Manage Anxiety On and Off the Field

It’s normal for all students to deal with anxiety from time to time. As a student-athlete, however, you may face unique situations that lead to stress or discomfort, such as the lead-up to a game or making a mistake on the field. Try the tips below to better manage anxious feelings before, during, and after a game, practice, or other event.

Before: Make a list of things you need to do to feel successful. Maybe it’s setting up your equipment the morning before a game, so you don’t forget anything or identifying ways you’d manage your feelings if the first half goes poorly. Doing that gives you a sense of control and reminds you that you have the resilience and foresight needed to cope.

During: Try an in-the-moment mindfulness exercise, such as box breathing. Inhale for a count of four, hold for four with your lungs full, exhale for four, and hold for four with your lungs empty. While breathing, visualize yourself doing well in your sport, whether it’s making a shot or hitting a home run.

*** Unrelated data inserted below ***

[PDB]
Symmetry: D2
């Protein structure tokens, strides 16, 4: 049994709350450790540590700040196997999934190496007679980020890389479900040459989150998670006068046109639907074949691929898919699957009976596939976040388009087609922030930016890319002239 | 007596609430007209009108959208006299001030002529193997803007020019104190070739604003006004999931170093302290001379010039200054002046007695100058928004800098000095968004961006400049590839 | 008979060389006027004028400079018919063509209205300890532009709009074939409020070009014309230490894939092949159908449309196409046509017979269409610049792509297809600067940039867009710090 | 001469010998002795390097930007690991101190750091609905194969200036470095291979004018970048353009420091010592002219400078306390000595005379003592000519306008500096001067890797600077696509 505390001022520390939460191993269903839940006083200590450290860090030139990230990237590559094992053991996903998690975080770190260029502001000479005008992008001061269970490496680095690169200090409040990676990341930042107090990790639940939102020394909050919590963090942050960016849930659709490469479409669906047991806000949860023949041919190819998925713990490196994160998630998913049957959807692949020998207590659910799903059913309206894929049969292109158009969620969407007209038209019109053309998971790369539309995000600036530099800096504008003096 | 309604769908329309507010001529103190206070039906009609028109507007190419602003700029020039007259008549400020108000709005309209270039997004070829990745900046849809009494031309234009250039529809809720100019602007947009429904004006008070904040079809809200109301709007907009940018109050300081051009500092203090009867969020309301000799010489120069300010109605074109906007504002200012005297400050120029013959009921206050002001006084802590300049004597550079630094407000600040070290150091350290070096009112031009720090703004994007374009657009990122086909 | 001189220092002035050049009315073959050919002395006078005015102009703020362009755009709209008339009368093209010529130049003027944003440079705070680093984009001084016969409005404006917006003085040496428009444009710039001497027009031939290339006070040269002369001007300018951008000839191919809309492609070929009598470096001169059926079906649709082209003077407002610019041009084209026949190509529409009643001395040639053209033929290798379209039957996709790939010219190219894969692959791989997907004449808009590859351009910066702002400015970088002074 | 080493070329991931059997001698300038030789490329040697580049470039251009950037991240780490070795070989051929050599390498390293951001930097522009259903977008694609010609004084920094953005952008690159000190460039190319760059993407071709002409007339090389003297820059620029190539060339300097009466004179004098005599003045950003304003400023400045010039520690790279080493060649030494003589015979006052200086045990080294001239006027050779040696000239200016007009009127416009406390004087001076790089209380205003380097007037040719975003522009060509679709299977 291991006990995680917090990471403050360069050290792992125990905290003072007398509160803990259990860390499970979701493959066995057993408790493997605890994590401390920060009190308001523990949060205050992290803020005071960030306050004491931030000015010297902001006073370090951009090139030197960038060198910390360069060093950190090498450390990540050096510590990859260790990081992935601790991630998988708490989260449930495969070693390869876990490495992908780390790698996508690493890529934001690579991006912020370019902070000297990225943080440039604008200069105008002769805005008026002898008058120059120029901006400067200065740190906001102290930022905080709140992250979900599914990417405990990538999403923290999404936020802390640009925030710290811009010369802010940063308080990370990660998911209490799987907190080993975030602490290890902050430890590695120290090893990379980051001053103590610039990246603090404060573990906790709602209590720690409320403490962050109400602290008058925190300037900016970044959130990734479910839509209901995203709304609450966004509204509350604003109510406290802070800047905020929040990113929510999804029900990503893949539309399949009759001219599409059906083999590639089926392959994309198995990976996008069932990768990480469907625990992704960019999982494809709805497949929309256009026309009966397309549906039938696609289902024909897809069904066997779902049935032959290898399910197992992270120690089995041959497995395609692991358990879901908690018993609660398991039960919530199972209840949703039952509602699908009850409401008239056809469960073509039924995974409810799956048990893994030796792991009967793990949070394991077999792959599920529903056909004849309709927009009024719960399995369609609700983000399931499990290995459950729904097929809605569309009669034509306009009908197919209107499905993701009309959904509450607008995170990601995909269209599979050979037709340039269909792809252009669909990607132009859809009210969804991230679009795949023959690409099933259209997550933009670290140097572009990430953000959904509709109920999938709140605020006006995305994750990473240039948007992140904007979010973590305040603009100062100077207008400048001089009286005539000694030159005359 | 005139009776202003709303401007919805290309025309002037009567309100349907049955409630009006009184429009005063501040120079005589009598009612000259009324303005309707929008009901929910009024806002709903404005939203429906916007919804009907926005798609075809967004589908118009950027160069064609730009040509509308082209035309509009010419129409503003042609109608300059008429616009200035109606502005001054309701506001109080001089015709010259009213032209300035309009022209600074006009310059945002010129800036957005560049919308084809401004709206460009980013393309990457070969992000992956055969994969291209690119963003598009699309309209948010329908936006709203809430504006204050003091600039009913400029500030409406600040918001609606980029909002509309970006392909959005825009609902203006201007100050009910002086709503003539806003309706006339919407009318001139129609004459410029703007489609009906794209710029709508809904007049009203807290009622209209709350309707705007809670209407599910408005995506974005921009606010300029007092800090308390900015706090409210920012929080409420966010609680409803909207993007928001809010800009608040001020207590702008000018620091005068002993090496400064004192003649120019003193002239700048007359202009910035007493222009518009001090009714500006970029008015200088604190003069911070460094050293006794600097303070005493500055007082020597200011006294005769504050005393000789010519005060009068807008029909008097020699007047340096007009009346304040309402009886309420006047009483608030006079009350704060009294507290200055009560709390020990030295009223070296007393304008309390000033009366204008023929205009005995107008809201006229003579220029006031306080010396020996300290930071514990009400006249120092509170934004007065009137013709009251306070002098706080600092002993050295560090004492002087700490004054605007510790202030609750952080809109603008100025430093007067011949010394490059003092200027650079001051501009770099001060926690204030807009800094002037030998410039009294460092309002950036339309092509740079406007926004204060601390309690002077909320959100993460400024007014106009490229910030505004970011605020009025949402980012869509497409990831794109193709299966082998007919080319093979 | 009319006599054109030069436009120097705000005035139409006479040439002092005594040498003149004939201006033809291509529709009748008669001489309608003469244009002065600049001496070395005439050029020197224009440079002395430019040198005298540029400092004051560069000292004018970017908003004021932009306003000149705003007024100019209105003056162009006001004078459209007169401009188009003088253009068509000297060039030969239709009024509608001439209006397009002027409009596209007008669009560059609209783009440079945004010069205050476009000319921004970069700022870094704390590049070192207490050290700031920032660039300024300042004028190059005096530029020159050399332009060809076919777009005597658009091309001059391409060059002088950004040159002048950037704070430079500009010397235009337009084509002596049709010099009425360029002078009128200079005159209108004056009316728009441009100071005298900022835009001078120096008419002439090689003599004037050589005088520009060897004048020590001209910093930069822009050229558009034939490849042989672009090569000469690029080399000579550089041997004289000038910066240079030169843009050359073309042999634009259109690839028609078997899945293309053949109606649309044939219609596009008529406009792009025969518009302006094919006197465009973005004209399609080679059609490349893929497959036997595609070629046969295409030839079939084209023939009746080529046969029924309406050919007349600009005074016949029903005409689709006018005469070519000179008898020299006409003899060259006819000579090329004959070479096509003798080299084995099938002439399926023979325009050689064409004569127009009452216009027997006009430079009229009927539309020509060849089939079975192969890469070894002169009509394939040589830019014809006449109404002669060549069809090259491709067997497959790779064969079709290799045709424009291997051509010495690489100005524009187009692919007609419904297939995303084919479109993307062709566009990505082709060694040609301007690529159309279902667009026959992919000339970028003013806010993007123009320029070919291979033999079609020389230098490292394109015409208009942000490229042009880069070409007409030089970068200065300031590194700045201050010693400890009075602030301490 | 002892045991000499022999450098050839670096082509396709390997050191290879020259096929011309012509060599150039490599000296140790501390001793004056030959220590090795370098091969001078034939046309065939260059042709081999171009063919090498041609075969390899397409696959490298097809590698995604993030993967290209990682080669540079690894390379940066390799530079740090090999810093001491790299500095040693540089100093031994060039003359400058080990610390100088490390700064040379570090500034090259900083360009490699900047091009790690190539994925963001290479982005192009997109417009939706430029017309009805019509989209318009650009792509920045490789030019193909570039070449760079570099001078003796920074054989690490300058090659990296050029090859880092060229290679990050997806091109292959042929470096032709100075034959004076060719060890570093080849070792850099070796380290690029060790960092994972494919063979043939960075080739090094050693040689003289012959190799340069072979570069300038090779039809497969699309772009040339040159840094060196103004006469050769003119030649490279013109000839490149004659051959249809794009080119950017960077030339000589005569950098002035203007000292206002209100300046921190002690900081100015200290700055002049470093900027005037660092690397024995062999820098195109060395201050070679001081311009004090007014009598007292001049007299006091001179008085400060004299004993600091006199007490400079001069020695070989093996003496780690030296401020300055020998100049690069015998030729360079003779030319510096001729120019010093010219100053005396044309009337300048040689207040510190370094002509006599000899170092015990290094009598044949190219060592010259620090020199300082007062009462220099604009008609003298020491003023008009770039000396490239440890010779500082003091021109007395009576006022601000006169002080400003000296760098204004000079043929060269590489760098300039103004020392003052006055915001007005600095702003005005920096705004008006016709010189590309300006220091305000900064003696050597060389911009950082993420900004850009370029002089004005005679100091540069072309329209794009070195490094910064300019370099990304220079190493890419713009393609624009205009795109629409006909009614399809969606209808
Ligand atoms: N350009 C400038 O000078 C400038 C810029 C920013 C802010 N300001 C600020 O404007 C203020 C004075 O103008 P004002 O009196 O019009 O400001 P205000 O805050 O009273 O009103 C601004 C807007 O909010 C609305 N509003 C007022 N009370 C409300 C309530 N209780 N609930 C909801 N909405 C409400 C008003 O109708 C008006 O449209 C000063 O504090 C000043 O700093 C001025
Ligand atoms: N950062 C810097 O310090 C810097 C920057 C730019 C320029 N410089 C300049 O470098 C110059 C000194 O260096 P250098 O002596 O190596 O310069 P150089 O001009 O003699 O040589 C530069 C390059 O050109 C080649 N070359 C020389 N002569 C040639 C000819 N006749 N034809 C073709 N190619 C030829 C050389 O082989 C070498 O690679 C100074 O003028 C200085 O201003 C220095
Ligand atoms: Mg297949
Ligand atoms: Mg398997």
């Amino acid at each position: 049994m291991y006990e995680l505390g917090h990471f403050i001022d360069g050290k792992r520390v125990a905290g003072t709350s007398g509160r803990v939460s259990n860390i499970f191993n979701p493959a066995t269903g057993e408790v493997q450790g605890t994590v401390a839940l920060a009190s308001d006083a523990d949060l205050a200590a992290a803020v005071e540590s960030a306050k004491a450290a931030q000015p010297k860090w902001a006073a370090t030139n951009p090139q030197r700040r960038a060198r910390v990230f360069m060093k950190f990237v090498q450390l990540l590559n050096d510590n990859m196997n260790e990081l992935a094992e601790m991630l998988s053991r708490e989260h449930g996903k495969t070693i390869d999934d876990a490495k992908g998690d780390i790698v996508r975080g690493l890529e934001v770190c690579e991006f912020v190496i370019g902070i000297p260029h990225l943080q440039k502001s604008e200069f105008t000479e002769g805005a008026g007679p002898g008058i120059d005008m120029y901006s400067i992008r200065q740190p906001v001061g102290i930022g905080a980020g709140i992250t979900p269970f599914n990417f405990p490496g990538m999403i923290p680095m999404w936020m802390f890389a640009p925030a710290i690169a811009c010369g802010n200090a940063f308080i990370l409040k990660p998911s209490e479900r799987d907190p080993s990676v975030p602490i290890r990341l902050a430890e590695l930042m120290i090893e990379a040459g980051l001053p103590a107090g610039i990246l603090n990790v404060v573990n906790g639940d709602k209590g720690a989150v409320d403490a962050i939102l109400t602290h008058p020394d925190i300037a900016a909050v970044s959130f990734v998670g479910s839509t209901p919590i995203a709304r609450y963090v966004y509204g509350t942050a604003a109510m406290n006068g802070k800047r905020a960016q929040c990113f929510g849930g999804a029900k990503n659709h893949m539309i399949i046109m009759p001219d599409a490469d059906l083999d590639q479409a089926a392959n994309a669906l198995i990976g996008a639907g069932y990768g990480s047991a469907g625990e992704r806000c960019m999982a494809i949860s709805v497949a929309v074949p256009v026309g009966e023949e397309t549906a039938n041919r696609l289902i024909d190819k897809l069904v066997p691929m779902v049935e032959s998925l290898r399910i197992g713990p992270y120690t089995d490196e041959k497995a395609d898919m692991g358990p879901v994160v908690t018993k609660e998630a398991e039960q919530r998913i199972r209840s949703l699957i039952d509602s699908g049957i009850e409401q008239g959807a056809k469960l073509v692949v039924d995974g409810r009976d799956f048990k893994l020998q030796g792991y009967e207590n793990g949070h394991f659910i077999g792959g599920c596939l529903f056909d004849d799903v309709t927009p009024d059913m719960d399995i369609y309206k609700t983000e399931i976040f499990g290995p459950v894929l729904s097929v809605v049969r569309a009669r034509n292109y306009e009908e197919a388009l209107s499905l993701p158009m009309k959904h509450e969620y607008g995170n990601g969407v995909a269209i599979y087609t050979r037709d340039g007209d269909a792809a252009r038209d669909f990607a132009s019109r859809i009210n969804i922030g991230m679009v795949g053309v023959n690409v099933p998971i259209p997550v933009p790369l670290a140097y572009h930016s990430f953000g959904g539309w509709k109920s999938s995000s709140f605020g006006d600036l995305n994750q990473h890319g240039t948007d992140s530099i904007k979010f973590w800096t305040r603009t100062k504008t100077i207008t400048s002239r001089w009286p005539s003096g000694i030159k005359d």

After: Do something you find enjoyable and restorative, such as reading, watching a feel-good movie, stretching, meditating, or something else.

Pay Attention to How You Talk to Yourself

The way you speak to and about yourself — even in your head — has an impact on how you feel. Take a second to think about what kinds of things you say to yourself. Do you engage in positive or negative self-talk?

Negative self-talk can harm your sense of self and performance in your sport and beyond. If you notice you’re engaging in negative self-talk, use these three steps to transform it to be more positive:

  • Notice when you have a negative thought but try not to beat yourself up for it. We all have negative thoughts.